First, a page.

Many of you know that my daughter was diagnosed with autism last year. I took it pretty hard, and I relied on my mom more than I can ever remember needing to before. She was ALWAYS there for me when I needed to talk. Sometimes she just listened to me while I tried to cope with that trial. One time she spent an entire day reading up on autism and different treatments and forwarded all of her useful findings to me. Little did I know that there were other members of our family who needed her listening ear and valuable advice and concern just as much as I did. She was always there for people, and not just her kids. I've had so many people tell me about the wonderful talks they've had with my mother and how big of an impact she's had on their lives. She was such a devoted mother to all us kids, that it amazes me that she even had time to reach out to so many others. I marvel at the energy my mother has. I think another thing people love about her is she never held back from telling people how she felt about them. She expressed her love to people freely and rarely was concerned with what people would think. Her intentions and her heart were so pure. I will really miss hearing her bright and thoughtful perspective. She was so smart, and when I called with a problem, she could always help me work it out by looking at the problem from a different angle and in a way that I could never have thought up on my own. Oh! and she had a great sense of humor. I loved how firm she was with her testimony and her love for the gospel, and at the same time, that every once in a while, if you caught her on the right day, she could be just the slightest bit irreverent and come up with something that would just crack you up like, "Hey, let's skip sunday school and go play poker."
She was such a fun mom. When I was really little, she used to make up stories to tell me at night. She even made up a character and just the name made me laugh so hard: strawberry poopcake. I remember us laying in her bed with our faces really close and her just saying the name : "strawberry poopcake." which sent us both into fits of laughter. Once we were at the zoo with some friends in Utah and we were visiting the lions who were really lazy that day. Anyway, one of them had their tail hanging out of the cage and she offered us five bucks if we'd sneak over and swing the tail! I always thought she was so cool. She used to tell us how much she loved the summertime because we were all home and how much she hated when school started in the Fall and we all had to go back. She planned really fun days at the beach and we went a lot during the summer. She also loved Disneyland and took us there often.
It was always hard for my mom to send us off, to college, missions, girls camp... She hated it. She always said the only thing that helped her was to make sure we were prepared for anything. I spent four months on a study abroad trip, although she was thrilled that I'd be having such a great experience, she hated the idea of me being so far away. We spent days shopping for the perfect clothes- she helped me find really cute and stylish yet comfortable and practical clothes and shoes, a perfect backpack to carry when I'd be travelling, and anything else she could think of that might be helpful. She thought I needed more clothes than I thought I did, and there was one sweater set that I didn't want to bring because I didn't think I had the room. When I got to Vienna, I found the sweater set carefully hidden inside my winter coat! We always laughed about that. There was always a note hidden in my suitcase from her telling me how much she loved me and that she was going to miss me while I was gone. When she drove me out to college, she took me to the store and bought me new bedding, school supplies, new clothes, dishes, and stocked my shelves with tons of food.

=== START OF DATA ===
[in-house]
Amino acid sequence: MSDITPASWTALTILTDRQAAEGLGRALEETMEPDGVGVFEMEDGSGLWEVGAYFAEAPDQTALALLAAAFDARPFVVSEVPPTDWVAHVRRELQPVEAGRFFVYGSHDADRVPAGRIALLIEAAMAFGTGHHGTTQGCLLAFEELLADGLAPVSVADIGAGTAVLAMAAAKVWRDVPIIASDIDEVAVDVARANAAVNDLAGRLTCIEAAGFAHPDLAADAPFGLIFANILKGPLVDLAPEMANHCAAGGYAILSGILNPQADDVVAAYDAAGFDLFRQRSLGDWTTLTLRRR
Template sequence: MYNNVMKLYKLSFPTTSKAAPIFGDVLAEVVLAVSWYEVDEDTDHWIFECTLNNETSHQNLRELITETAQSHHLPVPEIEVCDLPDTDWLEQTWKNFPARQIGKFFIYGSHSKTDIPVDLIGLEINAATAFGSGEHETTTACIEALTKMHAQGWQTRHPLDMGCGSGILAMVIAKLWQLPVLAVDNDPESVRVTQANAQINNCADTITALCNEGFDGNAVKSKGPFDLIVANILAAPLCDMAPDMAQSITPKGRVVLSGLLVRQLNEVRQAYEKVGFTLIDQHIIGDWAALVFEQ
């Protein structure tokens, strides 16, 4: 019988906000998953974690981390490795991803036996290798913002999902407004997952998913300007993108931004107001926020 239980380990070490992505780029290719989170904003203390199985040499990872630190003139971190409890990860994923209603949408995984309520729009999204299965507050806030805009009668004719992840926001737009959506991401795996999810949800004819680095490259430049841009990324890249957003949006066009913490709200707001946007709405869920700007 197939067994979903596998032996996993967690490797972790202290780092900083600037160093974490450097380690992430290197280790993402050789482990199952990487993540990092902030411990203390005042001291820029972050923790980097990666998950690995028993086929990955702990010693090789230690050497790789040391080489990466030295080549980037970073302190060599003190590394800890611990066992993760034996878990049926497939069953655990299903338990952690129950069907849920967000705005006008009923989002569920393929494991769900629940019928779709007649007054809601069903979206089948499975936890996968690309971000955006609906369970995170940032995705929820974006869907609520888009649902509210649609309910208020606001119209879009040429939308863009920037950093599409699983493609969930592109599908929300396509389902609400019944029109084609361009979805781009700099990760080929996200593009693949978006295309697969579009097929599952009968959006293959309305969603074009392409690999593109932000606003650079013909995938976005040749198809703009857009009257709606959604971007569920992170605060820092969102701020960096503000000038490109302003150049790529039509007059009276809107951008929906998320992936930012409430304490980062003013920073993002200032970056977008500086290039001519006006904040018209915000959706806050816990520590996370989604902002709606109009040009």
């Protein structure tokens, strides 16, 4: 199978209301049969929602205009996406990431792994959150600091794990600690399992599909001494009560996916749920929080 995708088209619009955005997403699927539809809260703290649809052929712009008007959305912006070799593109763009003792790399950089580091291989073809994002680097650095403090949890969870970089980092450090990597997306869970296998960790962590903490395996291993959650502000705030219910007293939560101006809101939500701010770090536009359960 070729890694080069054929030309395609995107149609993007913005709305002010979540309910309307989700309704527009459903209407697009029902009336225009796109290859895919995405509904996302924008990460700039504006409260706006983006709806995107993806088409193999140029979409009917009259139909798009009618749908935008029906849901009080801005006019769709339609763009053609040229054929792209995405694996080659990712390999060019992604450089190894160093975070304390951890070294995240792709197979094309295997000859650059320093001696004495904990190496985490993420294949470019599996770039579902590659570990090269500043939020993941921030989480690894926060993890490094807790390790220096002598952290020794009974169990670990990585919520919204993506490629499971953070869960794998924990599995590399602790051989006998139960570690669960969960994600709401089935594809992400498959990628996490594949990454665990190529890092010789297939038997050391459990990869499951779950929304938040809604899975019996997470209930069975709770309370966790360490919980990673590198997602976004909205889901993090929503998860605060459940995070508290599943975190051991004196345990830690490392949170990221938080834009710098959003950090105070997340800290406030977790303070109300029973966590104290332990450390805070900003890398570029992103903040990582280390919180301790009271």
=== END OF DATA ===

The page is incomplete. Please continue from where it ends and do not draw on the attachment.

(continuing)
I'm strong, but I'm nowhere near as strong as my mother. Over the last couple of years, two of my close friends have lost their mothers. Not having been through it myself at that point, I went to my mother for advice on how to comfort them. i think maybe it's a tender mercy of the Lord that I had all these talks with my mother as preparation for what is happening to me now. As we look back over the events that unfolded over the last year or so in our family, we are seeing a bit of a pattern. Like my struggle with Franny's autism, several other family members had trials they needed my mother's help with. I've heard her comment several times on how all her kids are in such a good place and how good that felt. I have since discovered from friends and extended family members that have told me, that my mother also helped several others recently with advice they needed from her. I feel that these things may have been preparation for her departure from this life. Like the stocked shelves in my college apartment, my mom leaves behind members of a family who although are broken-hearted, are strong and doing well.
My sister Maggie told me that a couple months ago she was with my mom in the car- they were talking about my grandmother and how much my mom missed her. Maggie started to cry and said, "Mom, I don't know what I would do without you." My mom said that even though she wasn't planning on going anywhere, there are surprises around every corner, and to be prepared.
I love this woman. I can't imagine a better mother. so intelligent, so sweet, always laughing... validation, best friend.
bobby just like her
I am standing upon the seashore. A ship at my side spreads her white
sails to the morning breeze and starts for the blue ocean. She is an
object of beauty and strength. I stand and watch her until at length
she hangs like a speck of white cloud just where the sea and sky come
to mingle with each other. Then someone at my side says, "There, she
Gone from my sight. That is all. She is just as large in mast and hull
and spar as she was when she left my side, and she is just as able to
bear her load of living freight to her destined port. Her diminished
size is in me, not in her. And just at the moment when someone at my
side says, "There, she is gone!" there are other eyes watching her
coming, and there are other voices ready to take up the glad shout,
"Here she comes!"
- Henry van Dyke (1852 – 1933) American author, educator, and clergyman